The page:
Nidhogg is the last of the three great Dragons of the Eddas one encounters during the process of self-integration. Michael Kelly, in Aegishjalmur, the Book of the Dragon Runes writes:
Nidhogg, who lurks at the very deepest root of the World-Tree, gnawing upon it, spewing venom as he consumes the shells of the dead.
Nidhogg is a devourer, a breaker down of aggregates, and in reawakening the essences of your past selves, you are effectively undoing Nidhogg's work, causing the Dragon to regurgitate that which it has devoured.
The author further asks,
So Nidhogg, the final of the three great Dragons of the North, is the accretion of the debts, the grievances and the unfulfilled desires of your past selves. This is a mighty and worthy foe to conquer. But if you can conquer and subdue the Dragon, gaining the use of those past skills and knowledge, broadening your outlook and your very sense of Self in the process, then this Dragon has one final Gift to offer when brought to heel. Nidhogg is the most dangerous of Dragons, but also the most transformative, for according to the Voluspa, the Seeress' Prophecy in the The Poetic Edda, this Dragon is immortal indeed, surviving Ragnarok.
As I've shared before, my preincarnate forthseeing ends with a vision of brightness and brilliance. I've also shared before that over the course of my life, particularly during the last few decades, I've had repetitive dreams involving ice and snow. In another forum I've specifically shared a bit about one particular series of repetitive dreams I have involving me as an expert ice skater:
My snow/ice dreams are always beautiful. Oftentimes, in my ice dreams, I am a beautiful ice skater flawlessly ice dancing (I don't know how to ice skate in real life) pouring out poetry in motion on the ice. I love these dreams. I can do anything in them. I feel so effortlessly skilled and fully alive.
I've never really decoded these dreams beyond the fact of pertaining to my Northern ancestral heritage. But today I am struck by the flawless skill I employ in these dreams (of a skill I do not in this life possess). My insides are shaking with the realization that these ice skating dreams, where I can do anything I set my mind to do, are not only linking me to my Northern ancestors, but are linking me deeply to one of my past selves. My innards are screaming out - this is my grip on Nidhogg and this realization is my link toward reawakening the full essence of my whole Self, not only as I am in this incarnation, but all of my Self in continuity.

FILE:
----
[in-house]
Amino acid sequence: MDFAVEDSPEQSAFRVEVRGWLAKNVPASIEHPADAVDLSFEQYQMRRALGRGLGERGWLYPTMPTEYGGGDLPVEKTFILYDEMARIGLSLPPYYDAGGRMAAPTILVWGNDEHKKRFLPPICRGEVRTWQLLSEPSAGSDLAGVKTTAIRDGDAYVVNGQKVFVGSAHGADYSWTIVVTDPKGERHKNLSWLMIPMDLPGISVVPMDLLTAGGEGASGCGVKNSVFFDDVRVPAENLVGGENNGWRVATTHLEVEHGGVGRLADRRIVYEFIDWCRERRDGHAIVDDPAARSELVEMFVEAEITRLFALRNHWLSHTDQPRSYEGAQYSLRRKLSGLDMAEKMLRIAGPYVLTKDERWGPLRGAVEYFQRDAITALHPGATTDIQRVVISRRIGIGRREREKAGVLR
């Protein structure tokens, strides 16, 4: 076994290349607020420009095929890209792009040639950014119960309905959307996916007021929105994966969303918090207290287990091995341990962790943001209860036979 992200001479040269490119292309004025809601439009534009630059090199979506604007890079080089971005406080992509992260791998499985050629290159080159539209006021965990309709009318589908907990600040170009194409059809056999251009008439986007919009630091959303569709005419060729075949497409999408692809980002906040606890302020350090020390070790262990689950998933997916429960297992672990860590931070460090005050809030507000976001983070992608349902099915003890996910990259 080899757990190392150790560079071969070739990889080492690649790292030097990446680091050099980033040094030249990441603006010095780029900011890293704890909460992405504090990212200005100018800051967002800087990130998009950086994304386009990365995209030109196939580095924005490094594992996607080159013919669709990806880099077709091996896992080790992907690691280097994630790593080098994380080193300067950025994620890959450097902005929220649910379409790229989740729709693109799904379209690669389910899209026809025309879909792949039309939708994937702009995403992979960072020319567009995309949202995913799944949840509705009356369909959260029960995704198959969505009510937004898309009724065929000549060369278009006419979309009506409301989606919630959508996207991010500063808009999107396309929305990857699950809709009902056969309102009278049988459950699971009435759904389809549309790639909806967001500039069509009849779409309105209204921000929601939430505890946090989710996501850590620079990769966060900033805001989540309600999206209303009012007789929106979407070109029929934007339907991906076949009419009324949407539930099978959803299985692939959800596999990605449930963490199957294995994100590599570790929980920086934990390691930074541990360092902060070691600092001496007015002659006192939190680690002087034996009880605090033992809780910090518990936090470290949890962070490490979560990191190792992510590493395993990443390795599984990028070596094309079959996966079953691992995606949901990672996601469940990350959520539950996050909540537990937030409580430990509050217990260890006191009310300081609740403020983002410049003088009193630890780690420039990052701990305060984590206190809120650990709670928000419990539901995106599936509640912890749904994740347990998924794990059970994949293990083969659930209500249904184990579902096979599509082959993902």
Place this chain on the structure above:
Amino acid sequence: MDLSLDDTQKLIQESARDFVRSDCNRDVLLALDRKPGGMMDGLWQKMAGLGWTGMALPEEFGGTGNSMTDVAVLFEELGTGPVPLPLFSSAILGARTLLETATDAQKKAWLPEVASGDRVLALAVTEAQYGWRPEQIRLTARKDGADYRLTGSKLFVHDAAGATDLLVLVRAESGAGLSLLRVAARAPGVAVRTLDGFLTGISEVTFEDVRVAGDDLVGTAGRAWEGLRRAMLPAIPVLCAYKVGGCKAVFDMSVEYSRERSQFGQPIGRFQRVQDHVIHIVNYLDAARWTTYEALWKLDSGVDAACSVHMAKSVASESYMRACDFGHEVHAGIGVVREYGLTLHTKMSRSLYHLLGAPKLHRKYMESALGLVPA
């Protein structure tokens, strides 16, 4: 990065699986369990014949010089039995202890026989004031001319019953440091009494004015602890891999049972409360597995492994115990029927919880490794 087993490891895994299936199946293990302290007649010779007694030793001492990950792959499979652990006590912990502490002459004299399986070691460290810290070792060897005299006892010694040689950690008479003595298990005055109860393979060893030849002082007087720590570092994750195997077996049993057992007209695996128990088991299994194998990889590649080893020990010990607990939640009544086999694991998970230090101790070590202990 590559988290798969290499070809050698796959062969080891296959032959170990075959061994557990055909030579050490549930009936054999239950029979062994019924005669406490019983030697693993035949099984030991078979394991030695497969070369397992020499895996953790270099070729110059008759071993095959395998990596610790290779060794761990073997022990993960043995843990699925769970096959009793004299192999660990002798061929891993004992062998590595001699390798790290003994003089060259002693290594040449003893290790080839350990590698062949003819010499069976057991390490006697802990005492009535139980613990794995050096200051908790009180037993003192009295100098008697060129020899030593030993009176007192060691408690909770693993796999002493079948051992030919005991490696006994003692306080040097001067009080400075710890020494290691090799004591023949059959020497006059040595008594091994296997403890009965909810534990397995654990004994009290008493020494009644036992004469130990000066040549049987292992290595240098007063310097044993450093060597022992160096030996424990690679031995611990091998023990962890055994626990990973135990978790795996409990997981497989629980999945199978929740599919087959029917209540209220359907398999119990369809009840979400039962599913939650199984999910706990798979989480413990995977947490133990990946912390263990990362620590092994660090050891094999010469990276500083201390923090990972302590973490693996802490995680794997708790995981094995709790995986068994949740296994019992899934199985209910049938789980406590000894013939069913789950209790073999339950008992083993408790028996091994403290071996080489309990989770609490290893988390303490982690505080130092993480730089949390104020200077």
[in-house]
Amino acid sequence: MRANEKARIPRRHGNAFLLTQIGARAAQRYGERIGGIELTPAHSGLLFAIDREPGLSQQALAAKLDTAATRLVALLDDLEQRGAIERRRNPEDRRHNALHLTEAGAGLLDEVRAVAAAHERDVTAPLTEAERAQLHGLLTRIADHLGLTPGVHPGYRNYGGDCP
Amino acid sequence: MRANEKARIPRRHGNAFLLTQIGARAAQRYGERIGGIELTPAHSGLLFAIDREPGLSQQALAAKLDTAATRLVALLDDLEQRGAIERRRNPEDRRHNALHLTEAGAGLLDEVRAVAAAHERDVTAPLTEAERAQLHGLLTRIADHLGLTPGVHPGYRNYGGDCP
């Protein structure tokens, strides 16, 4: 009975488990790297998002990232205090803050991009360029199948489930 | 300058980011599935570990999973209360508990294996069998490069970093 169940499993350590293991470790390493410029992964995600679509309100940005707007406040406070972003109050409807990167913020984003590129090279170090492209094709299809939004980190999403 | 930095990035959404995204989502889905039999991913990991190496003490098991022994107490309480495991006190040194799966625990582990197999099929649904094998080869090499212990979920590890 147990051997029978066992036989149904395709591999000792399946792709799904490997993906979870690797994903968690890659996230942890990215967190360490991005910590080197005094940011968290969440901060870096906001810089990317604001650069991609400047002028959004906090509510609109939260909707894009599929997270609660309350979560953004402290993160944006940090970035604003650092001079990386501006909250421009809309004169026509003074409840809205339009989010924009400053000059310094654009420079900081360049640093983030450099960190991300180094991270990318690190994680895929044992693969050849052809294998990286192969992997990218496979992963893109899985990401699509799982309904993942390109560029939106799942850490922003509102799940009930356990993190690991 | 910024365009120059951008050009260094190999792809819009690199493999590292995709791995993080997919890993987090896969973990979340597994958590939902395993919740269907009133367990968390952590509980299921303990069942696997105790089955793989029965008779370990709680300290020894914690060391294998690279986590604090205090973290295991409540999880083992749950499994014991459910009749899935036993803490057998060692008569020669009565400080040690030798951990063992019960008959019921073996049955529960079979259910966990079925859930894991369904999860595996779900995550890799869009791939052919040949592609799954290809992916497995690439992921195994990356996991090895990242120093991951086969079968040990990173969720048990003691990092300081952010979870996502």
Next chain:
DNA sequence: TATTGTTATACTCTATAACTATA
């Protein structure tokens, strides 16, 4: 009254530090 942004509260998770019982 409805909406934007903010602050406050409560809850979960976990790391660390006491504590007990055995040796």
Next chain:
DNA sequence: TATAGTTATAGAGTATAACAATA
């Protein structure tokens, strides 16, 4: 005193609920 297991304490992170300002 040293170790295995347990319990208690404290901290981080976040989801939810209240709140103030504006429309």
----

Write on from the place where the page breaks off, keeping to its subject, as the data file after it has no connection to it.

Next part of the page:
This realization was sparked as I just a few minutes ago researched "Old Norse Witchcraft" which led me to the invention of ice skating by the Saami - the people from whom my ancestral U5b1b1-T16192C! genetic motherline descends. Iceland is one place where I have genetic motherline matches according to Roots for Real (one of the labs where I had my mtDNA analyzed).
Concerning the Saami, in Shamanism and Northern Ecology it is written:
People belonging to the Saami population are mentioned in some of the Icelandic family sagas, in some of the shorter stories about Icelanders called pættir (sg. páttr); in some of the sagas belonging to the genre fornaldarsagas which tell about ancient times in Scandinavia before the rule of the Norwegian king Haraldr hárfagri (Harald finehair); as well as some of the kings' sagas - including sagas of the earls like the Orkneyinga saga; - and in Norwegian chronicles originally written in Latin. Saamis are also mentioned a few times in the Icelandic Lándnamabók, which gives a survey of the settlers and their descendents, and in Icelandic annals. They are also mentioned in poetic literature, in one Eddaic poem, and in a few skaldic stanzas.
In any case, the Saamis in all these sources are viewed from the outside.
However, the author later continues,